Henry Kosinski's co-workers at Wheeling's Engis Corp. helped save his life two months ago after he went into cardiac arrest two hours after arriving at work. And on Tuesday, Engis employees welcomed Kosinski back with hugs and cheering.
Kosinski, 58, drove to work the morning of July 14 and felt fine, he says.
"After 9 a.m., I felt bad. One minute I'm sweating, cold, sweating," Kosinski said. He doesn't remember what happened after that.
Co-workers say Kosinski fell to the floor near his workstation located in the company's machine room.
"The guys hollered at me and said, 'Come over here,' and I looked down and there's Henry laying on the ground," said machine shop supervisor Greg Nania of Rockford. "He was all purple."
Nania says Kosinski didn't have a pulse and wasn't breathing. He immediately began trying to revive Kosinski.
While he performed mouth-to-mouth resuscitation and administered chest compressions, he told employees to get Doug Jones, the plating shop supervisor, who knew how to use the company's automatic external defibrillator.
"I had like four people banging on my door, 'Doug, Doug, come to the machine shop, something's wrong,'" recalled Jones, a Wheeling resident.
After locating the defibrillator, Jones hooked it up to Kosinski and followed the machine's directions.
After shocking Kosinski once, Jones says, he still wasn't breathing. Jones continued compressions for another two minutes until the machine told him to administer another shock.
"I hit the button again and it jumped up again and that's when he started breathing," Jones said. "So then I started doing the compressions again and the next thing I know, that's when I had all the paramedics surrounding me and behind me and they got me up and they took over."
Since July 14, Jones says, the defibrillator was sent out so the usage could be analyzed to see just how effective it was.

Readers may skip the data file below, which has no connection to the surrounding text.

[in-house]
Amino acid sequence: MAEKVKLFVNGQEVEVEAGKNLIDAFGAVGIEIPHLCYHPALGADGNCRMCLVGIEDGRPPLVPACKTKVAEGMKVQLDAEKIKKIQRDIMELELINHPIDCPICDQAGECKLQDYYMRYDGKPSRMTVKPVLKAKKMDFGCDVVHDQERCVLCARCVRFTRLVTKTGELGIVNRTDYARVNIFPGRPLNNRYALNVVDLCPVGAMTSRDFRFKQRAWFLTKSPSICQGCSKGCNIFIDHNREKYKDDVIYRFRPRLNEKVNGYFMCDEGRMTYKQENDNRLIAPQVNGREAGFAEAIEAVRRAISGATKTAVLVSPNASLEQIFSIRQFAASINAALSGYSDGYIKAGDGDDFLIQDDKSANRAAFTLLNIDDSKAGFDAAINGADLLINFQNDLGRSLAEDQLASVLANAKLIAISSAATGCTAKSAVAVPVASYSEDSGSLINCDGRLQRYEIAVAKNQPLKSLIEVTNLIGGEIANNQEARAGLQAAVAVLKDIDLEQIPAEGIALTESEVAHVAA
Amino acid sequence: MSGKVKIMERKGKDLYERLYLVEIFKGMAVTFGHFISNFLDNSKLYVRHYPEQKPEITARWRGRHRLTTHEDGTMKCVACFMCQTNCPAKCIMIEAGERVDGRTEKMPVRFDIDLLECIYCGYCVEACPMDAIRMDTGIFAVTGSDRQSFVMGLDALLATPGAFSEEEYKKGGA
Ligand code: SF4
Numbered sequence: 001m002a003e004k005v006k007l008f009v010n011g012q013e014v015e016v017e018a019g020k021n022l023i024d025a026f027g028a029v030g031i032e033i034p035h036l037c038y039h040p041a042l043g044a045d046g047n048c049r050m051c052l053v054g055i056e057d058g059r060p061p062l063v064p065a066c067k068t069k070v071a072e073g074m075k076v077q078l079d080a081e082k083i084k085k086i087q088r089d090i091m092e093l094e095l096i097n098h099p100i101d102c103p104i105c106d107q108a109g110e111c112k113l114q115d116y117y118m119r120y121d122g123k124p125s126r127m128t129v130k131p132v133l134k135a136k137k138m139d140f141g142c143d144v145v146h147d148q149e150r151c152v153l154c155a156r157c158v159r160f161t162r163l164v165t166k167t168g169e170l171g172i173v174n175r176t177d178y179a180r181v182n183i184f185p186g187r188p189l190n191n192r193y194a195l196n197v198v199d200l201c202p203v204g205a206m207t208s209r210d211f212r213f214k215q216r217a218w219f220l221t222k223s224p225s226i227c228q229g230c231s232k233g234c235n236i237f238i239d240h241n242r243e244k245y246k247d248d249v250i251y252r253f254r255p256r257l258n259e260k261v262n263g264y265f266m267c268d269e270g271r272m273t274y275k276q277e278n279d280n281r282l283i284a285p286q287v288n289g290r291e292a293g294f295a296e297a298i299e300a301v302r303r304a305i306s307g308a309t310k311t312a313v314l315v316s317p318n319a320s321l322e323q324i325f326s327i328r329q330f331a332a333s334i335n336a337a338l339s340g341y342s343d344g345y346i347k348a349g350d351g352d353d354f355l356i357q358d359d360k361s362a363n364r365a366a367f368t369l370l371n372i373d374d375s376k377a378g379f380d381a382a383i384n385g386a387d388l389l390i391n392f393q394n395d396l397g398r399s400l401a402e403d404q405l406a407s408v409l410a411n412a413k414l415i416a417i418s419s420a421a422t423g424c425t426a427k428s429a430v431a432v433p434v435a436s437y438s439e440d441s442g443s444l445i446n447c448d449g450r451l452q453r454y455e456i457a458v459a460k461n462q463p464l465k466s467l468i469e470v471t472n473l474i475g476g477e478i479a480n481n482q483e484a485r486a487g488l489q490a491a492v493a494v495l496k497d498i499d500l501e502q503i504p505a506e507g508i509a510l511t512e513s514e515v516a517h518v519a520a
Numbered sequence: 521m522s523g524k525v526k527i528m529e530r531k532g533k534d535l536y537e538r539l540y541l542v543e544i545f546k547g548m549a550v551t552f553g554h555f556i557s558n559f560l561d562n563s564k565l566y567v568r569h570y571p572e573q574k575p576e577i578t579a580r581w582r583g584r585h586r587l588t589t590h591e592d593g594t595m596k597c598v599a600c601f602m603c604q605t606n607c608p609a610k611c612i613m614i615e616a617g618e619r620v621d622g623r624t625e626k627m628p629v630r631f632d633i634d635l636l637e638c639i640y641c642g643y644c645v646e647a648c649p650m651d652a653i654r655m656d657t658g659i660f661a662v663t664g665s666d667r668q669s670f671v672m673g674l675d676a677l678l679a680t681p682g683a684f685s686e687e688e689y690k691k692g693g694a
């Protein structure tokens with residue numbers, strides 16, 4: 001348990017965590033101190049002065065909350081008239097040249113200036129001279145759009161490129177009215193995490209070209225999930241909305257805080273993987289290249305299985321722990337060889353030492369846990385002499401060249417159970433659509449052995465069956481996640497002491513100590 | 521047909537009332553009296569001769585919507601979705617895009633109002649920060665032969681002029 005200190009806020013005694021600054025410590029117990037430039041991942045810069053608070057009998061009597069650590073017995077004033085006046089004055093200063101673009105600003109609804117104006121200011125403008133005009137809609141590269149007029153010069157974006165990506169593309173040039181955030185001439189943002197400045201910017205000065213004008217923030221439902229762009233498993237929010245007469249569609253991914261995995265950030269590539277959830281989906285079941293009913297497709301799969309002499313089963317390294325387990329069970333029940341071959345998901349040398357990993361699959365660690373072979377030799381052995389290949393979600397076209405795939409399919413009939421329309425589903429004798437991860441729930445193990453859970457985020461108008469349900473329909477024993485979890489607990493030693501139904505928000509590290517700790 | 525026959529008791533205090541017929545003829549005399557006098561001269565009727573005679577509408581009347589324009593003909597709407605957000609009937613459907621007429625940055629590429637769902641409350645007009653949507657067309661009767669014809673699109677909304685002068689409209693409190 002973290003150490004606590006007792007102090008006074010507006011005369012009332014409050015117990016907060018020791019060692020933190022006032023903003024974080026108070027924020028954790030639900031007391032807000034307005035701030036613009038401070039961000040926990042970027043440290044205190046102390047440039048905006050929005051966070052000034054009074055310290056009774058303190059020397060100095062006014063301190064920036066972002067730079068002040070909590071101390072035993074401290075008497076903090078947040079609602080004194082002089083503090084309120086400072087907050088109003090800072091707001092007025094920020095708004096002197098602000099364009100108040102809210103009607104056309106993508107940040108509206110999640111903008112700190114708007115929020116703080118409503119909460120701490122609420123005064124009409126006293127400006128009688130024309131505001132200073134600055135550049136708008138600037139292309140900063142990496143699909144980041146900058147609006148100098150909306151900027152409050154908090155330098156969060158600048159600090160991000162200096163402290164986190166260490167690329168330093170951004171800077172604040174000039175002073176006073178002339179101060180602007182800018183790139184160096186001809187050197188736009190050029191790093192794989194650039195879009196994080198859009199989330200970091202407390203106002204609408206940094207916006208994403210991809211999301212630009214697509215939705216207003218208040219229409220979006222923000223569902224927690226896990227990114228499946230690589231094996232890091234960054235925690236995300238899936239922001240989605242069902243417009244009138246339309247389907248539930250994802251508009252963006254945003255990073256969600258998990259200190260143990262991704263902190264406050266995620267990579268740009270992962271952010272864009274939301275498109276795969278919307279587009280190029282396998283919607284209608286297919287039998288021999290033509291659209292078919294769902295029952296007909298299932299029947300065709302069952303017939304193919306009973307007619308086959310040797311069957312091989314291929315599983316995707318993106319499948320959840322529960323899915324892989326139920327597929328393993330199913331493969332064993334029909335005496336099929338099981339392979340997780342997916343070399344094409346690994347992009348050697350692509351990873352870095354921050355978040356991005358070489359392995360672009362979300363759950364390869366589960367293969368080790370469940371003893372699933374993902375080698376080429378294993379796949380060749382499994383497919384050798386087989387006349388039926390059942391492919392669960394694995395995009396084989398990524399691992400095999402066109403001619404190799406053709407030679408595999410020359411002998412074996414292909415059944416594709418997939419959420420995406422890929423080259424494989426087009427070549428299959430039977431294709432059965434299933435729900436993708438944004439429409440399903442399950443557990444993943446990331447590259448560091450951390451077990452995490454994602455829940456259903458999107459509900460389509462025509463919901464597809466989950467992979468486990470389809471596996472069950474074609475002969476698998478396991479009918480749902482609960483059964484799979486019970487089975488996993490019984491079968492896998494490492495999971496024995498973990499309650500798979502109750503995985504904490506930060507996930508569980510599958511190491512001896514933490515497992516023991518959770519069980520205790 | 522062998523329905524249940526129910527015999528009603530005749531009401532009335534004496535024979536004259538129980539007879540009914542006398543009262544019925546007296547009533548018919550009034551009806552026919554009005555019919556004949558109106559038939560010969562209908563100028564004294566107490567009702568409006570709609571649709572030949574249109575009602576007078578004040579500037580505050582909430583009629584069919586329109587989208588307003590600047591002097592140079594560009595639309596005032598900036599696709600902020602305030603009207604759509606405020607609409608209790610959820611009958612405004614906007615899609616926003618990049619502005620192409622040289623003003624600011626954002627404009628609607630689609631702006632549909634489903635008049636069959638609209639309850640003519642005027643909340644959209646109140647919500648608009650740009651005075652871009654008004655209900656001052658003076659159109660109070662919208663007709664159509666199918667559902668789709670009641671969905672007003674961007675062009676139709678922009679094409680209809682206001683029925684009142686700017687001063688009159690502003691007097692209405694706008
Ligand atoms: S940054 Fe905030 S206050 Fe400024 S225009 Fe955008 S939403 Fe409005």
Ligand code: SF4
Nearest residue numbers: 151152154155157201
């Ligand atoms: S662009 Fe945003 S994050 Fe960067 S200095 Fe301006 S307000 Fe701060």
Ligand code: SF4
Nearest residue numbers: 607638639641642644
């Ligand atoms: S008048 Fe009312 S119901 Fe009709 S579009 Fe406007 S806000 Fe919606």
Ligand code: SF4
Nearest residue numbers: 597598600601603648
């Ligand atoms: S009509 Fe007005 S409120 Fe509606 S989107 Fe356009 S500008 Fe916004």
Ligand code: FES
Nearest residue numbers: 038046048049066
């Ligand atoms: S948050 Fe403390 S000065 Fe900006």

"They said that what did it was that second shock that started his heart up again," he said.
Kosinski's doctor still hasn't figured out why he went into cardiac arrest.
"He said, 'I don't know,'" Kosinski said.
Now that Kosinski is back on the job, he has a modified work plan that requires him to sit while working and keeps him from lifting anything over 20 pounds.
Kosinski has to wait a few months, he says, before he can get back to his normal routine on the machine floor, but he's glad to be back at work.
Jones, who had never been called on before to use a defibrillator in an emergency, says he was a bit nervous when told it was needed, but that everything just fell into place as he and Nania worked to save Kosinski's life.
"It's hard to explain, but you just go through the motions and that's what I did," Jones said. "I knew I had to do it."
He says he is glad he got to be part of the team that saved Kosinski.
"I've known Henry for many, many years and it's not the years that you know a person, but just to save a person's life is a feeling that is unforgettable," Jones said. "And it made me very happy that I had this training."
Engis Corp. manufactures superabrasive technology and diamond-plated products and has about 165 employees in Wheeling. Human resources manager Trissen Vo says the company has installed two additional defibrillators since July 14.